Mix It Up

Outthink flies with a planned integrated management strategy.

Victoria G Myers
By  Victoria G. Myers , Progressive Farmer Senior Editor
Image by Jim Patrico

There is no simple, one-trick fix when it comes to fly control. In fact, it’s better to think in terms of fly management and IPM rather than control. IPM, or integrated pest management, is key because it allows producers to manage around resistance. It’s not as simple as rotating products, because the same chemical class is used across many types of control methods and product names. It can get confusing fast.

John Cothren, a livestock and field crops specialist with North Carolina State University Extension, wants producers to know: “You will never have 100% fly control, but you can manage them.”

Cothren says in his area, most producers use a combination of fly tags and pour-ons. He stresses the importance of removing those tags at season’s end.

“We are also beginning to see more use of the feedthroughs in minerals,” he adds. “Producers I work with are telling me they are seeing positive effects from those. I think the key there is that you have to start feeding them before fly season and extend it past fly season. If you wait till you have a problem, they aren’t effective. Essentially, you are breaking the life cycle of the fly, so you really need to get ahead of it.”

When To Treat. In beef operations, the horn fly is the pest of most concern economically. The University of Florida reports cattle affected by horn flies can lose 0.3 to 0.5 pounds daily. In a 30-head herd, that adds up to more than $500 each month left unchecked.

Treatment for horn flies, aside from feedthroughs, should be based on economic thresholds established at 200 flies per animal. Rotate chemistries around pyrethroids, organophosphates and feedthroughs. Sometimes, that can become confusing. Different active ingredients aren’t the same as different chemical classes.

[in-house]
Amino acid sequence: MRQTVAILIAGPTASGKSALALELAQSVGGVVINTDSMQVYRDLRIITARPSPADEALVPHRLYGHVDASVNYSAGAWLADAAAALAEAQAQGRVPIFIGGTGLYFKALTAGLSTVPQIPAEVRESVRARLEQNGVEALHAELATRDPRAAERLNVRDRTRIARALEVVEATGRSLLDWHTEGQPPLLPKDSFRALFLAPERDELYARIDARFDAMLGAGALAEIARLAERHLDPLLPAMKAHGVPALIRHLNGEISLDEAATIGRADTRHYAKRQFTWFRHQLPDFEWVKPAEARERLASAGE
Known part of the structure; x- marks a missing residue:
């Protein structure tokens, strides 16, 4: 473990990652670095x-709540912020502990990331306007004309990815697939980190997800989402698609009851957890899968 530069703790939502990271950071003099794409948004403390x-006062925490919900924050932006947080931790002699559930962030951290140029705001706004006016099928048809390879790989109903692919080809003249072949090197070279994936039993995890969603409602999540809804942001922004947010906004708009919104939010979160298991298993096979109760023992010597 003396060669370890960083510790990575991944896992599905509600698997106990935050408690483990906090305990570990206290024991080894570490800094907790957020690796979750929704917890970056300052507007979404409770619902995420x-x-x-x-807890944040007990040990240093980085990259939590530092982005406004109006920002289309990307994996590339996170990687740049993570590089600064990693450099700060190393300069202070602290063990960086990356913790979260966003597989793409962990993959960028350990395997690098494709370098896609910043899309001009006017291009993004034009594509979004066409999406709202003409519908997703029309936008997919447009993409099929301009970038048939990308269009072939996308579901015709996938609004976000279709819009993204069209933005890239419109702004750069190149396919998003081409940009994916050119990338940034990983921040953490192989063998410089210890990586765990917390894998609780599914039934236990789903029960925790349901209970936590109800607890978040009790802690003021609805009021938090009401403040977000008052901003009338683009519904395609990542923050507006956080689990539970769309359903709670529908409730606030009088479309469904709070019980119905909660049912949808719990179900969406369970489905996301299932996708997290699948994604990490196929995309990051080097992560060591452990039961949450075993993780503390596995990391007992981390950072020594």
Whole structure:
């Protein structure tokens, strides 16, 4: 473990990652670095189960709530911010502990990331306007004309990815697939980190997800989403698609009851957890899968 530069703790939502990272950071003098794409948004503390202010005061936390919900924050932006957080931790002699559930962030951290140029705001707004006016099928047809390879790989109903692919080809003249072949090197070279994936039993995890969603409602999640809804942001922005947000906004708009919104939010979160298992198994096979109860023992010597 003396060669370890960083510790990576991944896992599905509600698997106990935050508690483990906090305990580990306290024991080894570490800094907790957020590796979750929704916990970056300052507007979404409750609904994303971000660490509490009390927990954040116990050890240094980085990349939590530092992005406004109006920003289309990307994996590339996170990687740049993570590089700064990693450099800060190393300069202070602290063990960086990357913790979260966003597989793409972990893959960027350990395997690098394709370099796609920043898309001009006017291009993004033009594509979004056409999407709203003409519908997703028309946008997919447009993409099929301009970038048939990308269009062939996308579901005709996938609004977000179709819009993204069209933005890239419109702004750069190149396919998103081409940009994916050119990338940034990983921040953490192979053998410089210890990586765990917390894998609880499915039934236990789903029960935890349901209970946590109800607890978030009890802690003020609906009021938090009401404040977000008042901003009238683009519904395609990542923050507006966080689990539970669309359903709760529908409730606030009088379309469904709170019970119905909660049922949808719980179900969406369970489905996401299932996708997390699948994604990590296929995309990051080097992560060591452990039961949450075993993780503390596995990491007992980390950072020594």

For example, the active ingredients permethrin, fenvalerate, resmethrin and flucythrinate are pyrethroids. And, the active ingredients in Rabon, Corathon and the ingredient coumaphos are organophosphates. Diflubenzuron is a larvicide used as an insect growth regulator (IGR) feed additive. So, don’t assume different brands equal different active ingredients. If it’s unclear, check with your county agent or herd veterinarian.

Sprays, Pour-Ons And Rubs. These products give a fast knockdown, but residual is limited. In the case of a pour-on, or drench, the product is poured along the spine. Control lasts about 28 days. Sprays may be more easily washed off. Check labels to see how often a product can be safely applied and note what insecticide class it is in.

Fly Tags. The ease of use for fly tags can make it tempting to not always follow through on the basics. So, while commonly used, they are sometimes left on cattle too long or put in at the wrong time for maximum effectiveness. Tags have a limited period of usefulness and should only be put in when economic thresholds have been reached. Remove fly tags when the season ends. Leaving fly tags in past the point of maximum effectiveness hastens the development of resistance in the fly population.

Feedthroughs And Boluses. IGRs, or larvicides, have been around for decades. They reduce the percentage of horn fly eggs that hatch in manure and are a good fit in herds in isolated areas, and away from other herds where IGR programs are not in place. Feed an IGR 30 days after the first frost in the fall and 30 days before the last frost in the spring.

Biologicals. Parasitic wasps, predaceous mites and beetles, and other biological agents are being used in many operations across the country now. Biologicals need to be applied multiple times throughout the season and are more commonly used around barns and homes. They treat the environment not the animal.

Maintenance. Manure management and good drainage go a long way in helping to limit the development of large populations of both house and stable flies.


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